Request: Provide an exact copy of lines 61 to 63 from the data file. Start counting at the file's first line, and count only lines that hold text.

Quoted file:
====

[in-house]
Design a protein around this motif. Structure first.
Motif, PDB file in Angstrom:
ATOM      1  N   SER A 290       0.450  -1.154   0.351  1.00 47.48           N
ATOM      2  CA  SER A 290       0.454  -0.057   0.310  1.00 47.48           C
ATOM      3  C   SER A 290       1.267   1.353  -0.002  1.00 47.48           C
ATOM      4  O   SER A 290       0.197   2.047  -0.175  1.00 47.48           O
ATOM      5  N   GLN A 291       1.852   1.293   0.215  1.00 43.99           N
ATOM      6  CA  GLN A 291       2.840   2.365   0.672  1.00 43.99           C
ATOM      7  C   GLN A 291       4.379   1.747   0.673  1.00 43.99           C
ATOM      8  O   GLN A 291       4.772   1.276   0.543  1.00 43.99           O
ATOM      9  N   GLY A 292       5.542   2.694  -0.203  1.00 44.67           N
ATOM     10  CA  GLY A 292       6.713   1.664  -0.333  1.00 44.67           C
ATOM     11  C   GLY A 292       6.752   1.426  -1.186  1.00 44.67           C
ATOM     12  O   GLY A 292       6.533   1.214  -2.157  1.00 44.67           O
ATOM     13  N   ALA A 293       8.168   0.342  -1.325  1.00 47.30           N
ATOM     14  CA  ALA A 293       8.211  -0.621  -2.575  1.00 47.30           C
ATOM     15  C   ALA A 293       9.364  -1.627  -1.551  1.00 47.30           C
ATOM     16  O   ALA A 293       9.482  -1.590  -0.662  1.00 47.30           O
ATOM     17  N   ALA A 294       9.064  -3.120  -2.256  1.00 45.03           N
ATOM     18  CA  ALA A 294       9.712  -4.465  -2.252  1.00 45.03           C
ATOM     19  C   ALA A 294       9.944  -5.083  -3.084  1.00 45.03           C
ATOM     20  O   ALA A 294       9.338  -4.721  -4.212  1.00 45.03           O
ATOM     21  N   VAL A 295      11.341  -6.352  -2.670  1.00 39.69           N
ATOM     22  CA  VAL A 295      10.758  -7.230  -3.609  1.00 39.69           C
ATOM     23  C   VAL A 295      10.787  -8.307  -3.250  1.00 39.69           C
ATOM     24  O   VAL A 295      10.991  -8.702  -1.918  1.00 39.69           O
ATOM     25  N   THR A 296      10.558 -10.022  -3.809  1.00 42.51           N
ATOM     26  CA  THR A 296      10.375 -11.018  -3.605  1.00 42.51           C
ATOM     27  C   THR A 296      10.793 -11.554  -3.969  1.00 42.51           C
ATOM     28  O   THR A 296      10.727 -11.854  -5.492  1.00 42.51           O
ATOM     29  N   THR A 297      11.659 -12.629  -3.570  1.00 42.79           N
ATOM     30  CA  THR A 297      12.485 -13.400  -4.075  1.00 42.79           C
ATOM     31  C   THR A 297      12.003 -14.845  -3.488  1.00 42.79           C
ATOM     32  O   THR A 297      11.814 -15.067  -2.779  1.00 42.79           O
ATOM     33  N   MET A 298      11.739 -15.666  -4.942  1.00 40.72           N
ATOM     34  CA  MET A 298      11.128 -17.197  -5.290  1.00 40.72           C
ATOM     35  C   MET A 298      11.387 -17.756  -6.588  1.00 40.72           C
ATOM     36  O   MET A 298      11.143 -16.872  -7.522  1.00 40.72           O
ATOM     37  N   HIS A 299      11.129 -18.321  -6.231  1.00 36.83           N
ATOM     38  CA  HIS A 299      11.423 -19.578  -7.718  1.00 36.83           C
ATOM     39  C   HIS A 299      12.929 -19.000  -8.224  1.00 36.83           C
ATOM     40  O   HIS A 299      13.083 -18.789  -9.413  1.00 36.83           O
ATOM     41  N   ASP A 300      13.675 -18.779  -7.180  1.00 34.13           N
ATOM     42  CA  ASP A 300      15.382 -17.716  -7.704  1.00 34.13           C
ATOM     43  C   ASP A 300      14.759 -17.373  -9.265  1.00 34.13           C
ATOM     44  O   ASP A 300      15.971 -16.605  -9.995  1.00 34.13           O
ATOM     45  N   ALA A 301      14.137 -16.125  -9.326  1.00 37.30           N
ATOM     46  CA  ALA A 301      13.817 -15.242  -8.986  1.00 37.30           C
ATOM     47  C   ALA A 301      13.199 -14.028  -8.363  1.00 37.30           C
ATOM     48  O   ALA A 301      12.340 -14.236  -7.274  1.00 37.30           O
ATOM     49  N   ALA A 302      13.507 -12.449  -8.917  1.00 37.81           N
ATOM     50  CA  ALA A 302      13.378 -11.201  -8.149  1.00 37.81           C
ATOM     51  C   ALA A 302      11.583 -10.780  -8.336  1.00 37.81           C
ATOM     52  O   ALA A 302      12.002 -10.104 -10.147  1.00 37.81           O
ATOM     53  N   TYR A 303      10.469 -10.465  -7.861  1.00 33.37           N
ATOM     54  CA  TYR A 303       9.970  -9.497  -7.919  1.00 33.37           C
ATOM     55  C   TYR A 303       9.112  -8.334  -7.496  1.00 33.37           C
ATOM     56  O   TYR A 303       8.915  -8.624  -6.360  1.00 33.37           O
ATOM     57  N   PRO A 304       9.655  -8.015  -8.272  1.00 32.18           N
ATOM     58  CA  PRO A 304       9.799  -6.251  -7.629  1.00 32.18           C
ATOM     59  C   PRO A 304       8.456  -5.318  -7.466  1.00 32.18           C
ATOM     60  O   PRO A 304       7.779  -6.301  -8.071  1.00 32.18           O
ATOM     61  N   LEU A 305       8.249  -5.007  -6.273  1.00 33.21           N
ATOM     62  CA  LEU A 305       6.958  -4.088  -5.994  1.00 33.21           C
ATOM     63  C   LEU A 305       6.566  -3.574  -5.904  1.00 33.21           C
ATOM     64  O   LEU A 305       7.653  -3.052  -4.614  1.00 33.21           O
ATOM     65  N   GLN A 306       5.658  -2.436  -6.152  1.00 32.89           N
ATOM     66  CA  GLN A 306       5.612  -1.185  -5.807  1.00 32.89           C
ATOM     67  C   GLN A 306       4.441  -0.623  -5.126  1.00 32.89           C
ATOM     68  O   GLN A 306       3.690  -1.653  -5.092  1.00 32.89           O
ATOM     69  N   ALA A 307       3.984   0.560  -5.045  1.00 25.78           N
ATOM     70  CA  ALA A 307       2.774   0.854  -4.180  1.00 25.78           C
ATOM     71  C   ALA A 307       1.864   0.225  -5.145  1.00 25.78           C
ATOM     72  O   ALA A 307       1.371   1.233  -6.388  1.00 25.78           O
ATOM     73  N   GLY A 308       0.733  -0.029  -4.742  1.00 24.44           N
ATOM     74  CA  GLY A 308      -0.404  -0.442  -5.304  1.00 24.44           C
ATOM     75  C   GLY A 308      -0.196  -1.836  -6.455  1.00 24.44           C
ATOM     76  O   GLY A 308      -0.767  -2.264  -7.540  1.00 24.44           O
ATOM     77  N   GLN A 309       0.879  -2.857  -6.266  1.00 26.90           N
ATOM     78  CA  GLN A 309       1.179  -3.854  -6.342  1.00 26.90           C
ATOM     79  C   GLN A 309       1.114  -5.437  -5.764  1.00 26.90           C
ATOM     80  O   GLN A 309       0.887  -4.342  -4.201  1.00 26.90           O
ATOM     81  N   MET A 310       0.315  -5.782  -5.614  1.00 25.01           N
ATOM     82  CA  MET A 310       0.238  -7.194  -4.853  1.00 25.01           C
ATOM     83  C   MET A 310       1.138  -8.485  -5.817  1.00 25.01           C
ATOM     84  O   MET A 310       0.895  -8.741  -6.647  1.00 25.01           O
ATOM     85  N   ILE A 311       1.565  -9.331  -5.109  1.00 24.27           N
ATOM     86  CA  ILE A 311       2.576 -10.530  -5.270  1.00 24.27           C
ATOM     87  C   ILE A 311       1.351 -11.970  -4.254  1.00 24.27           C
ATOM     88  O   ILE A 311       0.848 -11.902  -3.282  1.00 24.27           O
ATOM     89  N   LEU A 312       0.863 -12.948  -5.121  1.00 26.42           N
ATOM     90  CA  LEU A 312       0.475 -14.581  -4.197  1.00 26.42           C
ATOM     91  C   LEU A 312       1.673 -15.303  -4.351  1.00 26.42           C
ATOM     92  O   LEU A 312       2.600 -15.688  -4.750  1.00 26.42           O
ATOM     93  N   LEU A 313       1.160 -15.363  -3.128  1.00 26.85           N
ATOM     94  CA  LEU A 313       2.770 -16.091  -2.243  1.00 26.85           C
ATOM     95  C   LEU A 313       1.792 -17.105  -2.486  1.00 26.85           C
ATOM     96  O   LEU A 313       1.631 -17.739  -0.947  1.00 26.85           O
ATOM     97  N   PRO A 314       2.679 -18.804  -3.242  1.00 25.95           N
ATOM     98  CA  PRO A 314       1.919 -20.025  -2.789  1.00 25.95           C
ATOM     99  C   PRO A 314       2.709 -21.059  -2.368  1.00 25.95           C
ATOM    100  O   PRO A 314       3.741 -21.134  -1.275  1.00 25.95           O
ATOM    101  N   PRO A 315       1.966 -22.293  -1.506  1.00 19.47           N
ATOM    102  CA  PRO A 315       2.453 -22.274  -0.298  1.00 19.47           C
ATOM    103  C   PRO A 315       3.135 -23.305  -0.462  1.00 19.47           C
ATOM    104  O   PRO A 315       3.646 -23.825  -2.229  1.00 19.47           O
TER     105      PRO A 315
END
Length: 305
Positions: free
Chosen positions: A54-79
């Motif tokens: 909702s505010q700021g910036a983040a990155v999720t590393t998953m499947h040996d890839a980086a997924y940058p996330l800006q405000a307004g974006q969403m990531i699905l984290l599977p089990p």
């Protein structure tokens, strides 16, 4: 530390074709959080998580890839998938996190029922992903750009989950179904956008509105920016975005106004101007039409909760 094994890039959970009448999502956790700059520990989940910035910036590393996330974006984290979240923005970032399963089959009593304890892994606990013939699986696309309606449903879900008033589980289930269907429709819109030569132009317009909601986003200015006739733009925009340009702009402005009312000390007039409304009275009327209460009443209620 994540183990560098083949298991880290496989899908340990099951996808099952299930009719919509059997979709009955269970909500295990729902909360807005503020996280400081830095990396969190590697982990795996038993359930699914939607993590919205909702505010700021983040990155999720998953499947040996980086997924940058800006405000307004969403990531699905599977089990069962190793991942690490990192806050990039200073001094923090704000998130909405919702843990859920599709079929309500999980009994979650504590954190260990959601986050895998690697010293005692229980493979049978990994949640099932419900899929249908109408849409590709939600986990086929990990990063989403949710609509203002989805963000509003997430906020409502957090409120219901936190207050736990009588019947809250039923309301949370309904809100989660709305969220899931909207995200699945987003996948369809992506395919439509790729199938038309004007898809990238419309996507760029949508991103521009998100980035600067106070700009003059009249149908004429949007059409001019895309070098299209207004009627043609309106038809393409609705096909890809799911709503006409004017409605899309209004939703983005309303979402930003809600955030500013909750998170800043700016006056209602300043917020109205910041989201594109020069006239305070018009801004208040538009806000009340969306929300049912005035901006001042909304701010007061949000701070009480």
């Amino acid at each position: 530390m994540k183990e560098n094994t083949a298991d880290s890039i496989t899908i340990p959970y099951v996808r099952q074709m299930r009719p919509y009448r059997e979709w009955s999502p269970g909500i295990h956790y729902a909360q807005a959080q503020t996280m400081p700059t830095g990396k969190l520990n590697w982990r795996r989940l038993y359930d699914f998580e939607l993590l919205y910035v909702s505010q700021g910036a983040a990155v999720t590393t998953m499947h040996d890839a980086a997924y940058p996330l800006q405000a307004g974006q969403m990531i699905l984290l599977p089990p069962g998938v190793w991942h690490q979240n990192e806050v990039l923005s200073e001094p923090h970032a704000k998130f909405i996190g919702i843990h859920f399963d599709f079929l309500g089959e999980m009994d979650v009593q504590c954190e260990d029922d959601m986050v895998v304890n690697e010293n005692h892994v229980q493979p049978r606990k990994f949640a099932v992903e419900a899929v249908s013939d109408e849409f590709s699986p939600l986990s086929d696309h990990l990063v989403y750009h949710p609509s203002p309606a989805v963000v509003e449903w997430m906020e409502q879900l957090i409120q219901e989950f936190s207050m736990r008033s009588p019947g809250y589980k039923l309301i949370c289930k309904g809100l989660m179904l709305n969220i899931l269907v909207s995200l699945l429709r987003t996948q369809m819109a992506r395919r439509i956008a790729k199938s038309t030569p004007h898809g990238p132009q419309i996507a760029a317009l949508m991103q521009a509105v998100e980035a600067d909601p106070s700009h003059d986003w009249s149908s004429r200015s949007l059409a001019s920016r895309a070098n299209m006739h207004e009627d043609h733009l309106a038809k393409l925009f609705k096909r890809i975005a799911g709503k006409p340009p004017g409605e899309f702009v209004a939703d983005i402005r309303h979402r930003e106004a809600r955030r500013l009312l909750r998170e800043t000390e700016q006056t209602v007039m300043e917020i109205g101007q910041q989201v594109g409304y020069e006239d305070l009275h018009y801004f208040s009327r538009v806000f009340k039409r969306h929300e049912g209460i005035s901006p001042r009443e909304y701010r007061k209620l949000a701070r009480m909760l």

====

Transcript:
ATOM     58  CA  PRO A 304       9.799  -6.251  -7.629  1.00 32.18           C
ATOM     59  C   PRO A 304       8.456  -5.318  -7.466  1.00 32.18           C
ATOM     60  O   PRO A 304       7.779  -6.301  -8.071  1.00 32.18           O